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Major Thomas B. McGuire - 38 Japanese kills


1st Lt. Thomas Buchanan McGuire, was sent to the Southwest Pacific Area as a replacement pilot with the 49th Fighter Group, 5th Air Force in March 1943. McGuire flew his first combat mission with the 49th Fighter Group on 22 April 1943.

He transferred to the 475th Fighter Group in June 1943. The 475th Fighter Group was created at Amberley Airfield west of Brisbane in May 1943. McGuire was assigned to the 431st Fighter Squadron of the 475th FG.

On 18 August 1943, McGuire was part of a group flying escorting for allied bombers whose target was the Japanese at Wewak, New Guinea. Near their target, the American fighter aircraft were attacked by Japanese fighters. McGuire shot down two A6M "Zekes” and one Ki-61 “Tony”. Near the same location, three days later, McGuire shot down two more “Zekes” and suddenly became a WWII ace. John Stanaway believes that the "Zekes" that McGuire claimed in August 1943 were actually "Oscars".

By the middle of October 1943 McGuire's score had risen to 11 confirmed victories. On 17 October 1943 Thomas B. McGuire was the pilot of a number of P-38 Lightnings that were scrambled to intercept some Japanese Zeros and bombers about 8 miles to the east and south of Buna in New Guinea that were headed for Oro Bay to attack US ships in the bay. Four or more Japanese aircraft were seen falling in flames.

1st Lieutenant Thomas B. McGuire was in one of two P-38 Lightnings shot down on 17 October 1943 about 8 miles to the east of Buna. A cannon shell burst into the radio in his cockpit, and a 7.7 shell hit his wrist and passed into the instrument panel. He also suffered shrapnel wounds in his right arm and hips. He then released his canopy escape hatch and attempted to bail out. However his parachute harness became stuck in the cockpit, and when he did free himself, he found that his ripcord was also severed. He had the presence of mind to use his injured hand to find the severed end of the rip cord and open his parachute only 1,000 feet over the water. McGuire landed in the sea about 25 miles from shore and remained in the water for about 30 minutes. He could not inflate his life raft due to shrapnel damage.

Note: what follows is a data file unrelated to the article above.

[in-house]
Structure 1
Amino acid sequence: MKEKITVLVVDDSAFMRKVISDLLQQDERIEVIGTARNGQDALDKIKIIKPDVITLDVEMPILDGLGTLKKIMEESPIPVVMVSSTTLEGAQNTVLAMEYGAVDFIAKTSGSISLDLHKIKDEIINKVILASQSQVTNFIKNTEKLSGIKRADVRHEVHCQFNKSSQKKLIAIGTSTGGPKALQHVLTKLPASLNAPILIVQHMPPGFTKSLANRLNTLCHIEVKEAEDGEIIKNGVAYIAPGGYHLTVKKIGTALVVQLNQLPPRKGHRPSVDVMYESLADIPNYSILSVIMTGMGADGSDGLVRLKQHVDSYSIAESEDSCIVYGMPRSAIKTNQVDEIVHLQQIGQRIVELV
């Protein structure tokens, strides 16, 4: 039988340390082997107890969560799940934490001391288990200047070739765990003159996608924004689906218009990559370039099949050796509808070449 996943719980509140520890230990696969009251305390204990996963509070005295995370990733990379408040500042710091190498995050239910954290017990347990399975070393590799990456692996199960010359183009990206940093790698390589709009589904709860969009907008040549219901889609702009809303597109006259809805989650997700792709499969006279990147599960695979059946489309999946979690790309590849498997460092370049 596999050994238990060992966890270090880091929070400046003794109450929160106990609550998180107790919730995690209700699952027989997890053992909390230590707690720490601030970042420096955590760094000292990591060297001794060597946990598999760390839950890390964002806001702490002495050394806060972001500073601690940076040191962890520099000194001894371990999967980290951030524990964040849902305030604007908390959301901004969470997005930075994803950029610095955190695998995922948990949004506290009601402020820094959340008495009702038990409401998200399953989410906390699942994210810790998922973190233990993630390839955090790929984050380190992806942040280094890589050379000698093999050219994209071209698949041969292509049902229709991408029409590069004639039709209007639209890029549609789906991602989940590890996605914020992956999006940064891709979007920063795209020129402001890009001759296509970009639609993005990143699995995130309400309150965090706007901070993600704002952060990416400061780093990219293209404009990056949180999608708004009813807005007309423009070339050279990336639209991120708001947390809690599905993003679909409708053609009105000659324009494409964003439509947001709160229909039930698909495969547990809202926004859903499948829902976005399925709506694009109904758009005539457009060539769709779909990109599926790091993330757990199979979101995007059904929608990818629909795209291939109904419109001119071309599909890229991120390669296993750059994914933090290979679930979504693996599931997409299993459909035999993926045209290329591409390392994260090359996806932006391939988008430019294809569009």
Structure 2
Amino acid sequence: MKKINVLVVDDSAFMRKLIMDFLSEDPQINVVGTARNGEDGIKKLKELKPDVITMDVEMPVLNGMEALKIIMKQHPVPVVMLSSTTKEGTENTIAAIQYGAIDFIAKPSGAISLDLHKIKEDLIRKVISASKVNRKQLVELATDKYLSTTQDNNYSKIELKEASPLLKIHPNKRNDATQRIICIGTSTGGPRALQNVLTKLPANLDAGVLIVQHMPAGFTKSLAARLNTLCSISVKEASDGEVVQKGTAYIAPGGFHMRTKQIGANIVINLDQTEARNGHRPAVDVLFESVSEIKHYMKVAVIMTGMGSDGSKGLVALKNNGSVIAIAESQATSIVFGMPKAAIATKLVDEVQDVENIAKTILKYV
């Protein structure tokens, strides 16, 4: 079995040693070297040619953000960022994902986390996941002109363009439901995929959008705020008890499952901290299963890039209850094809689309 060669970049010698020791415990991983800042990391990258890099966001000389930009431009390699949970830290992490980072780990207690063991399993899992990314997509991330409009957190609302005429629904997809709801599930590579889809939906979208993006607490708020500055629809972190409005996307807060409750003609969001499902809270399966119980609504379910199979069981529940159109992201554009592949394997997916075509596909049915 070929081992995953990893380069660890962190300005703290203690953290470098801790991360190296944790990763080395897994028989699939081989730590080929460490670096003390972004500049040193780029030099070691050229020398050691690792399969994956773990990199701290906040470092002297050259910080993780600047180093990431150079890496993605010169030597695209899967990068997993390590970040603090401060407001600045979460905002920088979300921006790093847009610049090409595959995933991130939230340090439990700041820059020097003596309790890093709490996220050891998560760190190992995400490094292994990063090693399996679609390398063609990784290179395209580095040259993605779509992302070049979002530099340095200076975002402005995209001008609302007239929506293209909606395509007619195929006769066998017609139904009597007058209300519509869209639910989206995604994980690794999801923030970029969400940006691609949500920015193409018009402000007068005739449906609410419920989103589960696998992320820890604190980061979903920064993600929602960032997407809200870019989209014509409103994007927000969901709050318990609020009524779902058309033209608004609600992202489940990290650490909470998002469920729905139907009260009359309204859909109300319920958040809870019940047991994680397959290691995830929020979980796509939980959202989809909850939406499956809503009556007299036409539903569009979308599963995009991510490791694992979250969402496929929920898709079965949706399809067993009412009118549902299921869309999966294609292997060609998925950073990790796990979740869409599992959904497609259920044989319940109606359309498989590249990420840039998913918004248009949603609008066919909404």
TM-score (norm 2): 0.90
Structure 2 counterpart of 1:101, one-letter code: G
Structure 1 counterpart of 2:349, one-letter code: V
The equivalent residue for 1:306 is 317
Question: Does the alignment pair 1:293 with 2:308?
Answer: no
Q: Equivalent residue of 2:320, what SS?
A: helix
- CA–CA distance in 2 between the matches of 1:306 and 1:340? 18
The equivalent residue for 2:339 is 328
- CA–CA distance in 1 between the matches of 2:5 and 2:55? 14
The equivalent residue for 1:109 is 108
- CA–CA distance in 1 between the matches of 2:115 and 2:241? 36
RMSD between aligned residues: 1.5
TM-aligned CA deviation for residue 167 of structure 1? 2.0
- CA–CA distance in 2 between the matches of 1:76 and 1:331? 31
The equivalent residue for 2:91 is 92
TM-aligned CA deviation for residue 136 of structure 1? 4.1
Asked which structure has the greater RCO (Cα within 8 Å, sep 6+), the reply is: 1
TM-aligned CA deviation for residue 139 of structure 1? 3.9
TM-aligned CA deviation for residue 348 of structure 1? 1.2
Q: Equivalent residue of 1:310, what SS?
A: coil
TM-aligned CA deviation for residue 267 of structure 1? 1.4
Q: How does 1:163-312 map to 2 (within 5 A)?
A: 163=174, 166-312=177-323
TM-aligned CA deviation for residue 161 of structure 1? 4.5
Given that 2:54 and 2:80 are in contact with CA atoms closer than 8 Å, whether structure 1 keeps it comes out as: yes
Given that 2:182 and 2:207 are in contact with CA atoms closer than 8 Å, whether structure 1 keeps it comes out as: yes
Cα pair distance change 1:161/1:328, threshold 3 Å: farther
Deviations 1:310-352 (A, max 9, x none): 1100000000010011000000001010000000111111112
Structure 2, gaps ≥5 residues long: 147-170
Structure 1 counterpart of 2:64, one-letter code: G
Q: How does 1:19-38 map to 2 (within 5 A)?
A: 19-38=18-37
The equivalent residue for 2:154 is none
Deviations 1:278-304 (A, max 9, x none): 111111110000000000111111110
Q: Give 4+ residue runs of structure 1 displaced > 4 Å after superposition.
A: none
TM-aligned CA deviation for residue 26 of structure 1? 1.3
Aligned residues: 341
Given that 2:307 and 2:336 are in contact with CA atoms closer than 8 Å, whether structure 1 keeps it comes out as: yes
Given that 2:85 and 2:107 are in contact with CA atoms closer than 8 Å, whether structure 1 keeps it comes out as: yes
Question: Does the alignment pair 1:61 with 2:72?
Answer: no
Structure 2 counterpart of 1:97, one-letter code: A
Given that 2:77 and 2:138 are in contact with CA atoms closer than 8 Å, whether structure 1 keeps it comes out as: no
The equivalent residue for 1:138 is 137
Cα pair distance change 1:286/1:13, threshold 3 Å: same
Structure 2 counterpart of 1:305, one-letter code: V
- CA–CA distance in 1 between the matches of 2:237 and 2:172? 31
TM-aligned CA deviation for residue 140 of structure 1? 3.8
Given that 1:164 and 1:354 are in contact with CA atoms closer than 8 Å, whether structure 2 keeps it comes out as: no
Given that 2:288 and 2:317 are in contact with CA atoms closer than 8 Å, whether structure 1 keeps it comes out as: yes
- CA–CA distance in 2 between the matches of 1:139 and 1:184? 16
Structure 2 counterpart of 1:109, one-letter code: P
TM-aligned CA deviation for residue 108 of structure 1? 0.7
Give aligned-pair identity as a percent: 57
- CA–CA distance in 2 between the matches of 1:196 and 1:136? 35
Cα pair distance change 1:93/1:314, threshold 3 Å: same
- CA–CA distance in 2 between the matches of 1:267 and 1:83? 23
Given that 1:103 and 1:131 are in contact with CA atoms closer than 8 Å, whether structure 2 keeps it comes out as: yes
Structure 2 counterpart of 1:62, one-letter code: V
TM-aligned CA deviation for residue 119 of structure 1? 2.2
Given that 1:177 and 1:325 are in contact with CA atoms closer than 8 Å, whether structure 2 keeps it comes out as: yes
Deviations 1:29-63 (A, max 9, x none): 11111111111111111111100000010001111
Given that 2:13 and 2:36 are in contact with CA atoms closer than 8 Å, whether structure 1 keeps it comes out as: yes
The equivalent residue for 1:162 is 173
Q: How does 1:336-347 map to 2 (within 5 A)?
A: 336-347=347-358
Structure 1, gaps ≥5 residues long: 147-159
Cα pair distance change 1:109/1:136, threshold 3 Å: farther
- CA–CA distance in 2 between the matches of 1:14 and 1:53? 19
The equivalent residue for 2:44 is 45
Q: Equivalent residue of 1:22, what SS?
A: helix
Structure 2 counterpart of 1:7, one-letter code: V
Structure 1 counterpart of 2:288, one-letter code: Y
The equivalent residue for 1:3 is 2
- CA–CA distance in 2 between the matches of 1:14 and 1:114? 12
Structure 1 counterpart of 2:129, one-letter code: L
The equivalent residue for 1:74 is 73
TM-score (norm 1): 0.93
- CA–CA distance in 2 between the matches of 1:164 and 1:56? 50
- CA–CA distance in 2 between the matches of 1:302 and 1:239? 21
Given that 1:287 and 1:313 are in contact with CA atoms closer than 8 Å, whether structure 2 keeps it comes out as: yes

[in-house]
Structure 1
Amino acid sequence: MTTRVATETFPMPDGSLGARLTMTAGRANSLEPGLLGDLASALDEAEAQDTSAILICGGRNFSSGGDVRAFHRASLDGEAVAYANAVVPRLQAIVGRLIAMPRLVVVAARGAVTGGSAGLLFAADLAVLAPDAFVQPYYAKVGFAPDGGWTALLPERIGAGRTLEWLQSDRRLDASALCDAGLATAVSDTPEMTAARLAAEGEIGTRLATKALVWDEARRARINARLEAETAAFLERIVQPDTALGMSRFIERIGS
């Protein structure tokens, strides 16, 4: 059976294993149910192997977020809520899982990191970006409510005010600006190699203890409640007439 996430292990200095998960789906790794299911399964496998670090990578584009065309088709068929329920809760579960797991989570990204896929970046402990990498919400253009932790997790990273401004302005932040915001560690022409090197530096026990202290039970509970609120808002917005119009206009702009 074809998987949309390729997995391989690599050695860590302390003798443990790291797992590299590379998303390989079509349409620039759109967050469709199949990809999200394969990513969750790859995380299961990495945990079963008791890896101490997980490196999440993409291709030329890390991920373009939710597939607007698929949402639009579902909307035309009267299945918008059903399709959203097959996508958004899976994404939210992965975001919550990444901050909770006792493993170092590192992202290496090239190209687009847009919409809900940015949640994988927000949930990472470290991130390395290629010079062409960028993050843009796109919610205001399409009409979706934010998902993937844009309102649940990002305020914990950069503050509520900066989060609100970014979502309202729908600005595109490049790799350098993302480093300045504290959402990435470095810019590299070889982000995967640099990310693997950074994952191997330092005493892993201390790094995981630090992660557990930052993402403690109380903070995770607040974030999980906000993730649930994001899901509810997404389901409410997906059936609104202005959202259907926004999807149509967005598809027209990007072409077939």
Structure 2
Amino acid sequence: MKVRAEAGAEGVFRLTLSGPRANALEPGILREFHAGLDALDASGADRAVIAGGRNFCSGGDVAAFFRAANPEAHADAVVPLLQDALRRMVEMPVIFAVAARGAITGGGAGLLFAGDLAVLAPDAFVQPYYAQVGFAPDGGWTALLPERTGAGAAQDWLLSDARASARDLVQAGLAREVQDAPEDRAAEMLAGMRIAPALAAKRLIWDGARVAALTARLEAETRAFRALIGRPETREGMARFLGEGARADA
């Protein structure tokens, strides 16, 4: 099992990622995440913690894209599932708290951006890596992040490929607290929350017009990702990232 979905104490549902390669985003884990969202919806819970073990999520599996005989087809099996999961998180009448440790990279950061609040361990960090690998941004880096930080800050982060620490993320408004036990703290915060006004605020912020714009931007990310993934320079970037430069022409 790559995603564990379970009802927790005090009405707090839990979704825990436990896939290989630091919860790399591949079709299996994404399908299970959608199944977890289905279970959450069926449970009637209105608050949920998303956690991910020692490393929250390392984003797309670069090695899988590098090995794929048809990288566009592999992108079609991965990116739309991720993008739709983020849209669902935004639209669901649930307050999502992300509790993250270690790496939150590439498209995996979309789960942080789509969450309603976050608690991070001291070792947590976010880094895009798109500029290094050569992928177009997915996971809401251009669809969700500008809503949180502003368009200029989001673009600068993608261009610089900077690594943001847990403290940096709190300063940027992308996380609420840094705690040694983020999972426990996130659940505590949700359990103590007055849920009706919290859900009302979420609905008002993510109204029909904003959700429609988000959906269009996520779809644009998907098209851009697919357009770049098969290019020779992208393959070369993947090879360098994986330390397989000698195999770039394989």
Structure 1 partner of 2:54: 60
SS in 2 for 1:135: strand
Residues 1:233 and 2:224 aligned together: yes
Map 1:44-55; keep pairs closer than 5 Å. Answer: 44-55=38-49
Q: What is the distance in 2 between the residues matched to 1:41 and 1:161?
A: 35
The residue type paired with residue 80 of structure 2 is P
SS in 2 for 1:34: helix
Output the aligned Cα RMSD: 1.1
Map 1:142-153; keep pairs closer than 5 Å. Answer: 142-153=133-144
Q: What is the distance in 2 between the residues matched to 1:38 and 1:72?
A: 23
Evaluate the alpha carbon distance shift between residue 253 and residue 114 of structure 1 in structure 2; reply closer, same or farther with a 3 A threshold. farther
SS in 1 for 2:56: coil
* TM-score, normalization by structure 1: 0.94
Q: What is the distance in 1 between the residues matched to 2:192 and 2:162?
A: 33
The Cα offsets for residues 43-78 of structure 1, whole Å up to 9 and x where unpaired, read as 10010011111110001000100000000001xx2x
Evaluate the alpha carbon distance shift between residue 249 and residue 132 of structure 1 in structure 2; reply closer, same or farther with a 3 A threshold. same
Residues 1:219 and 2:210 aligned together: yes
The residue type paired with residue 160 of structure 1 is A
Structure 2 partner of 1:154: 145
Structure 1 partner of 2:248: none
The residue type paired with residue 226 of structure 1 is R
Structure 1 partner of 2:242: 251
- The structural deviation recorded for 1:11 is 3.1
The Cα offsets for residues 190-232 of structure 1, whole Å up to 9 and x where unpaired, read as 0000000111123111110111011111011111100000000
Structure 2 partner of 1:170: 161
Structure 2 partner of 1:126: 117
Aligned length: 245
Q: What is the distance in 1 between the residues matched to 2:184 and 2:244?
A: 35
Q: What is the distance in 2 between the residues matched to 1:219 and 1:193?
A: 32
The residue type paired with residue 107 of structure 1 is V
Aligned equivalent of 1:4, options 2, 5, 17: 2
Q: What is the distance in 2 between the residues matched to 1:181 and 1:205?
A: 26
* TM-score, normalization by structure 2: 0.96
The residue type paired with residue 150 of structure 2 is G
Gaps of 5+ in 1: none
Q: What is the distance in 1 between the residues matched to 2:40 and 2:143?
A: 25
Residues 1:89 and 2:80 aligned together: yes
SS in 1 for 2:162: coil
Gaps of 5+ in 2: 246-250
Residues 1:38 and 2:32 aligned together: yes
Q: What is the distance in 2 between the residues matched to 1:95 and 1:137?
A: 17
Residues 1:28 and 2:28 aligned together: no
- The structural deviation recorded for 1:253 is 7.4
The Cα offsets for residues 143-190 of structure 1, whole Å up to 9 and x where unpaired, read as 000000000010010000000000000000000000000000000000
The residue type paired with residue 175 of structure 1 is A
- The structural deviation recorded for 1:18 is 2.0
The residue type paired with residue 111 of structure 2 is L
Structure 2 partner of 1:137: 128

At 1045 hours McGuire was rescued by the crew of PT Boat PT-152 skippered by Captain Herbert Knight. PT-52 rendezvoused with SC-734 and picked up PhM2c D.R. Bowerman who looked after the injured McGuire. PT-152 then returned to Buna at speed and was initially taken onboard the PT Tender boat USS Hilo and placed in their comfortable sick bay. Later in the war McGuire frequently buzzed the USS Hilo when it returned to New Guinea waters.

McGuire was then admitted to the Tenth Evacuation Hospital in Port Moresby, New Guinea. His unit, the 431st Fighter Squadron, was unable to track down McGuire's whereabouts after they discovered that he had been rescued. His Squadron Commander, Major Franklin Nichols, delivered his Purple Heart to him a few days later, once he was located.

Thomas B. McGuire arrived as a patient in Brisbane around the time that the 42nd General Hospital was relocating from Stuartholme to their new hospital at Holland Park. The 42nd General Hospital's war book states that the hospital move occurred on 21 October 1943 so it is not clear whether McGuire may have spent a short while at the first hospital at Stuartholme in Brisbane. One source suggests that he spent three weeks in the 10th Evacuation Hospital in Port Moresby and three weeks on convalescent leave in Brisbane.

It is rumoured that Thomas B. McGuire had a romance with one of the nurses at the US 42nd General Hospital  at the Military Hospital at Holland Park in Brisbane, Queensland whilst he was a patient there for about three weeks. The nurse fell pregnant and had a son to Thomas B. McGuire in August 1944.  Thomas B. McGuire was released from hospital and he was greeted in the 431st Fighter Squadron's camp on 3 November 1943 just 16 days after he was shot down and severely injured. He went on to become the Commanding Officer of the 431st Fighter Squadron on 2 May 1944. He later was promoted to Group Operations Officer of the 475th Fighter Group on 28 December 1944.

On 7 January 1945, Major Thomas B. McGuire lead a group of four P-38 Lightnings over Japanese-held Fabrica airfield, on Negros Island. McGuire and his flight descended from thick cloud cover and attacked a Ki-43 “Oscar”. A  Ki-84 “Frank” then joined in the dog fight and McGuire, who had not yet dropped his auxiliary fuel tanks tried to make a turn at low altitude. His Lightning #44-24845 stalled and fell to the ground near Cadiz City, exploding on impact. His score was only second to the famous ace of aces, Richard Ira Bong.

Information from the wives of his fellow pilots and a former mechanic suggest that McGuire was not that well liked in the Squadron. They believed he was putting their lives at risk in his endeavour to beat ace Richard Ira Bong's record of Japanese kills. They believe he got too cocky. When they were attacked he would refuse to drop his belly fuel tanks, so that he did not have to turn back to his base. They believe he died due to his arrogance and wanting glory.


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This page first produced 18 September 2000

This page last updated 08 April 2020